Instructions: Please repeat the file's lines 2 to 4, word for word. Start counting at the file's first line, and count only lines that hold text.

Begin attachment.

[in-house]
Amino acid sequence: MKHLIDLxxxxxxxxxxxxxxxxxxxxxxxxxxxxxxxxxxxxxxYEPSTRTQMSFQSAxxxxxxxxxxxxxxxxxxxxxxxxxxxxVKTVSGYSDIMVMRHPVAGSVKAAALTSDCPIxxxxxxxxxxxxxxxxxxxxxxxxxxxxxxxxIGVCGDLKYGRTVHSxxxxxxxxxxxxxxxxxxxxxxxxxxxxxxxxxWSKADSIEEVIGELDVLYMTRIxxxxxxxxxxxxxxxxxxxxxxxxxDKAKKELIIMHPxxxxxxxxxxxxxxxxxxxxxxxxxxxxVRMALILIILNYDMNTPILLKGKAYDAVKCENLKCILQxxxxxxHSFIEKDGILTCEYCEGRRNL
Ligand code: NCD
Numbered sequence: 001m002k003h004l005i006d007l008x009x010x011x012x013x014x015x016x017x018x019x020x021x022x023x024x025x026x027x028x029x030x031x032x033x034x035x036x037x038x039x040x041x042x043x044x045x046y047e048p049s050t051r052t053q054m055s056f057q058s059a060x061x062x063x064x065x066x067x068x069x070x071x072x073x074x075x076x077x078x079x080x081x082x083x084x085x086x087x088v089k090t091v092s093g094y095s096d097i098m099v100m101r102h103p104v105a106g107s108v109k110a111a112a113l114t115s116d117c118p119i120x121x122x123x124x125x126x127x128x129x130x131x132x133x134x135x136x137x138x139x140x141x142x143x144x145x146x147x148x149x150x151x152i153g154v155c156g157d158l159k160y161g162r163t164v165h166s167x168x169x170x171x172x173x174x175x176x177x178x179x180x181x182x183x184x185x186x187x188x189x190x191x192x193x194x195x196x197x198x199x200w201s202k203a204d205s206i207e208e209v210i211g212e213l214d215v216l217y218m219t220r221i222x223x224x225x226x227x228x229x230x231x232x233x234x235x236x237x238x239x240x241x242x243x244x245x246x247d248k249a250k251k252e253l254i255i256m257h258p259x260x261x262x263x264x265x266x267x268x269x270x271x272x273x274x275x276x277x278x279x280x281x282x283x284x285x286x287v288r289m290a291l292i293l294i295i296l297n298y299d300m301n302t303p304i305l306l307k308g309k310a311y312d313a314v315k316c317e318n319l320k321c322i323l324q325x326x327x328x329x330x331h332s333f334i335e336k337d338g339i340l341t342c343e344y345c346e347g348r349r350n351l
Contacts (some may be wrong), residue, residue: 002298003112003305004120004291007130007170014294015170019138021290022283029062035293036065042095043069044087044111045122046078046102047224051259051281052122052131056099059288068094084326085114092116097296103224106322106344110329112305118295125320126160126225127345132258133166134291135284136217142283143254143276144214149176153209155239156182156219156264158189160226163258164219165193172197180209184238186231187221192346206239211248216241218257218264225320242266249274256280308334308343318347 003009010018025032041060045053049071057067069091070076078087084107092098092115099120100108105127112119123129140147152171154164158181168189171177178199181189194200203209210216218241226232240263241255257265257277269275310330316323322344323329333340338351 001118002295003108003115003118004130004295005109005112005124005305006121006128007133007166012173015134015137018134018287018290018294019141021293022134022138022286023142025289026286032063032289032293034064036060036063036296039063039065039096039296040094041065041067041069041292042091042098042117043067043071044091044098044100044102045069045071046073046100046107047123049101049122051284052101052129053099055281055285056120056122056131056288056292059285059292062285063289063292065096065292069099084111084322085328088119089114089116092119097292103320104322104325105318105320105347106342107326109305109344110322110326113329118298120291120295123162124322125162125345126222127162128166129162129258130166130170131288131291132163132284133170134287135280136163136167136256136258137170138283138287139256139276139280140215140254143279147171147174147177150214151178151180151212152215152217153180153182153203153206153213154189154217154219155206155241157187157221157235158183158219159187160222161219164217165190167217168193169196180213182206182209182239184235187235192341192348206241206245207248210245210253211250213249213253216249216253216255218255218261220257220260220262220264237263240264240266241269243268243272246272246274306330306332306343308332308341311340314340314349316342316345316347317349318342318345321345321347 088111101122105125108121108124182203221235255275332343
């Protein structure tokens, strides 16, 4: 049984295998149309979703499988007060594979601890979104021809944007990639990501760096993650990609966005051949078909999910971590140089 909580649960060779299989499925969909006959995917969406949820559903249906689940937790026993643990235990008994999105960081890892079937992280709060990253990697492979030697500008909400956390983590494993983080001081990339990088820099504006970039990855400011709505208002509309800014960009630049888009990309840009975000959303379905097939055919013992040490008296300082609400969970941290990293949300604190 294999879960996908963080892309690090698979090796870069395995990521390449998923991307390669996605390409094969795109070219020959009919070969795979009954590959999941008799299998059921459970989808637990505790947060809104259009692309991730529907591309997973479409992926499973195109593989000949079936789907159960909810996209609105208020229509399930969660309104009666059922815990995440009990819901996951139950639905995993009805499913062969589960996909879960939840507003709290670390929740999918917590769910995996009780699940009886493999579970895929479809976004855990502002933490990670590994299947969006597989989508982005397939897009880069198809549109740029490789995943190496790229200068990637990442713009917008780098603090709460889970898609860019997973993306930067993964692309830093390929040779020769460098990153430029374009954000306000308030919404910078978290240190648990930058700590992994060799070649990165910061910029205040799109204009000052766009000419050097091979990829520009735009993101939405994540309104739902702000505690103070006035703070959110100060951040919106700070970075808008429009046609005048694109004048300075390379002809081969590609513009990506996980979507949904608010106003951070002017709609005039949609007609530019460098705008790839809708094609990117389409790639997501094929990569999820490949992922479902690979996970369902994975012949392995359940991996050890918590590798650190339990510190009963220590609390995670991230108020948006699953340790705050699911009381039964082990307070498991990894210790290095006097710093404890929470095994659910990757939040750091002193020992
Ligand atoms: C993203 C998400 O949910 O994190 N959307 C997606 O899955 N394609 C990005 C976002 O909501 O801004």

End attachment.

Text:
Amino acid sequence: MKHLIDLxxxxxxxxxxxxxxxxxxxxxxxxxxxxxxxxxxxxxxYEPSTRTQMSFQSAxxxxxxxxxxxxxxxxxxxxxxxxxxxxVKTVSGYSDIMVMRHPVAGSVKAAALTSDCPIxxxxxxxxxxxxxxxxxxxxxxxxxxxxxxxxIGVCGDLKYGRTVHSxxxxxxxxxxxxxxxxxxxxxxxxxxxxxxxxxWSKADSIEEVIGELDVLYMTRIxxxxxxxxxxxxxxxxxxxxxxxxxDKAKKELIIMHPxxxxxxxxxxxxxxxxxxxxxxxxxxxxVRMALILIILNYDMNTPILLKGKAYDAVKCENLKCILQxxxxxxHSFIEKDGILTCEYCEGRRNL
Ligand code: NCD
Numbered sequence: 001m002k003h004l005i006d007l008x009x010x011x012x013x014x015x016x017x018x019x020x021x022x023x024x025x026x027x028x029x030x031x032x033x034x035x036x037x038x039x040x041x042x043x044x045x046y047e048p049s050t051r052t053q054m055s056f057q058s059a060x061x062x063x064x065x066x067x068x069x070x071x072x073x074x075x076x077x078x079x080x081x082x083x084x085x086x087x088v089k090t091v092s093g094y095s096d097i098m099v100m101r102h103p104v105a106g107s108v109k110a111a112a113l114t115s116d117c118p119i120x121x122x123x124x125x126x127x128x129x130x131x132x133x134x135x136x137x138x139x140x141x142x143x144x145x146x147x148x149x150x151x152i153g154v155c156g157d158l159k160y161g162r163t164v165h166s167x168x169x170x171x172x173x174x175x176x177x178x179x180x181x182x183x184x185x186x187x188x189x190x191x192x193x194x195x196x197x198x199x200w201s202k203a204d205s206i207e208e209v210i211g212e213l214d215v216l217y218m219t220r221i222x223x224x225x226x227x228x229x230x231x232x233x234x235x236x237x238x239x240x241x242x243x244x245x246x247d248k249a250k251k252e253l254i255i256m257h258p259x260x261x262x263x264x265x266x267x268x269x270x271x272x273x274x275x276x277x278x279x280x281x282x283x284x285x286x287v288r289m290a291l292i293l294i295i296l297n298y299d300m301n302t303p304i305l306l307k308g309k310a311y312d313a314v315k316c317e318n319l320k321c322i323l324q325x326x327x328x329x330x331h332s333f334i335e336k337d338g339i340l341t342c343e344y345c346e347g348r349r350n351l